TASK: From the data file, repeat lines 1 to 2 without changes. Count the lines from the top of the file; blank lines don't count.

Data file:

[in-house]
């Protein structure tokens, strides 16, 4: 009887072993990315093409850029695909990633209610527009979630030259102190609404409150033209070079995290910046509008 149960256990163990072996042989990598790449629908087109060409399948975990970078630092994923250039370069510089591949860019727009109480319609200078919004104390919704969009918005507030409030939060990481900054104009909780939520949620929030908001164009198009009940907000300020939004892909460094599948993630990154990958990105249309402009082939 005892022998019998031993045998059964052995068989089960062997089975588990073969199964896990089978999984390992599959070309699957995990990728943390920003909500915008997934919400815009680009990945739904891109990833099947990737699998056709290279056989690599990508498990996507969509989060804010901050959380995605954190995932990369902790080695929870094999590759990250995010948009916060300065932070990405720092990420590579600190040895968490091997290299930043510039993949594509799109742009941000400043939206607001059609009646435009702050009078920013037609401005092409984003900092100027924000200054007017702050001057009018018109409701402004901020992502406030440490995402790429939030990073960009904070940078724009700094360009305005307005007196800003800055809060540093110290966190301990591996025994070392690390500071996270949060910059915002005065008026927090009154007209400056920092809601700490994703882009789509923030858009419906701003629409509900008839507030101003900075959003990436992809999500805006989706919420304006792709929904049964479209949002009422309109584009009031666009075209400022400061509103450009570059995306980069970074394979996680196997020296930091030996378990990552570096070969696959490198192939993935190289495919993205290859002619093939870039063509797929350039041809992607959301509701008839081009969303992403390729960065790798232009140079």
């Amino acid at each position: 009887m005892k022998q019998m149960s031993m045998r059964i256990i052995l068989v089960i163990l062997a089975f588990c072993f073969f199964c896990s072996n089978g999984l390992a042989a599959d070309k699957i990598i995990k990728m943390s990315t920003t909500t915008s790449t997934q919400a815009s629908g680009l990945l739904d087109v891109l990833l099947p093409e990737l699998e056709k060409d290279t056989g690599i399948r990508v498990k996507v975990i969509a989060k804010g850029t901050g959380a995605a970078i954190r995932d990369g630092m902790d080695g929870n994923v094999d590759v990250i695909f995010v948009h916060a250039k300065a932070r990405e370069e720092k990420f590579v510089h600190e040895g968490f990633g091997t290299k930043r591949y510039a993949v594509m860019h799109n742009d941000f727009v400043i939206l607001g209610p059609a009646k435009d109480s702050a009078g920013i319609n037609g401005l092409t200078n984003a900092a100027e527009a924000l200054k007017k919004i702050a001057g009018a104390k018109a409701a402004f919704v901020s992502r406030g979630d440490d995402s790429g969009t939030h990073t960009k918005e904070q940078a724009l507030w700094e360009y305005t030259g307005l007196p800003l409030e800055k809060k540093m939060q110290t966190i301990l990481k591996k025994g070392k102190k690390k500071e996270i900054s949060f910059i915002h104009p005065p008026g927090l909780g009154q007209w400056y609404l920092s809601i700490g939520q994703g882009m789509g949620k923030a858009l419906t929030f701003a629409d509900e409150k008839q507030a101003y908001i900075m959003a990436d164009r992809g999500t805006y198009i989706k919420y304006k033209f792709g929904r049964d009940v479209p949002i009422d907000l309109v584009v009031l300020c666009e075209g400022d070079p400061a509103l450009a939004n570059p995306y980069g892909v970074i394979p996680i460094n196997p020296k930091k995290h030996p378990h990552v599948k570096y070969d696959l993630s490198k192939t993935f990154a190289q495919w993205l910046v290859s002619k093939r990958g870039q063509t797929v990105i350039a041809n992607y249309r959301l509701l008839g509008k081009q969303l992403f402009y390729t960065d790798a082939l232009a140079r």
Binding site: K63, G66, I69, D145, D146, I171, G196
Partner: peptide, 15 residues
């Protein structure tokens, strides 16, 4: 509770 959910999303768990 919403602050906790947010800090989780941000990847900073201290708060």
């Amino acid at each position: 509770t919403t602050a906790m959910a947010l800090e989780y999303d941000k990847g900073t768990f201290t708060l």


[in-house]
């Protein structure tokens, strides 16, 4: 009887072993990315093409850029695909990633209610527009979630030259102190609404409150033209070079995290910046509008 149960256990163990072996042989990598790449629908087109060409399948975990970078630092994923250039370069510089591949860019727009109480319609200078919004104390919704969009918005507030409030939060990481900054104009909780939520949620929030908001164009198009009940907000300020939004892909460094599948993630990154990958990105249309402009082939 005892022998019998031993045998059964052995068989089960062997089975588990073969199964896990089978999984390992599959070309699957995990990728943390920003909500915008997934919400815009680009990945739904891109990833099947990737699998056709290279056989690599990508498990996507969509989060804010901050959380995605954190995932990369902790080695929870094999590759990250995010948009916060300065932070990405720092990420590579600190040895968490091997290299930043510039993949594509799109742009941000400043939206607001059609009646435009702050009078920013037609401005092409984003900092100027924000200054007017702050001057009018018109409701402004901020992502406030440490995402790429939030990073960009904070940078724009700094360009305005307005007196800003800055809060540093110290966190301990591996025994070392690390500071996270949060910059915002005065008026927090009154007209400056920092809601700490994703882009789509923030858009419906701003629409509900008839507030101003900075959003990436992809999500805006989706919420304006792709929904049964479209949002009422309109584009009031666009075209400022400061509103450009570059995306980069970074394979996680196997020296930091030996378990990552570096070969696959490198192939993935190289495919993205290859002619093939870039063509797929350039041809992607959301509701008839081009969303992403390729960065790798232009140079």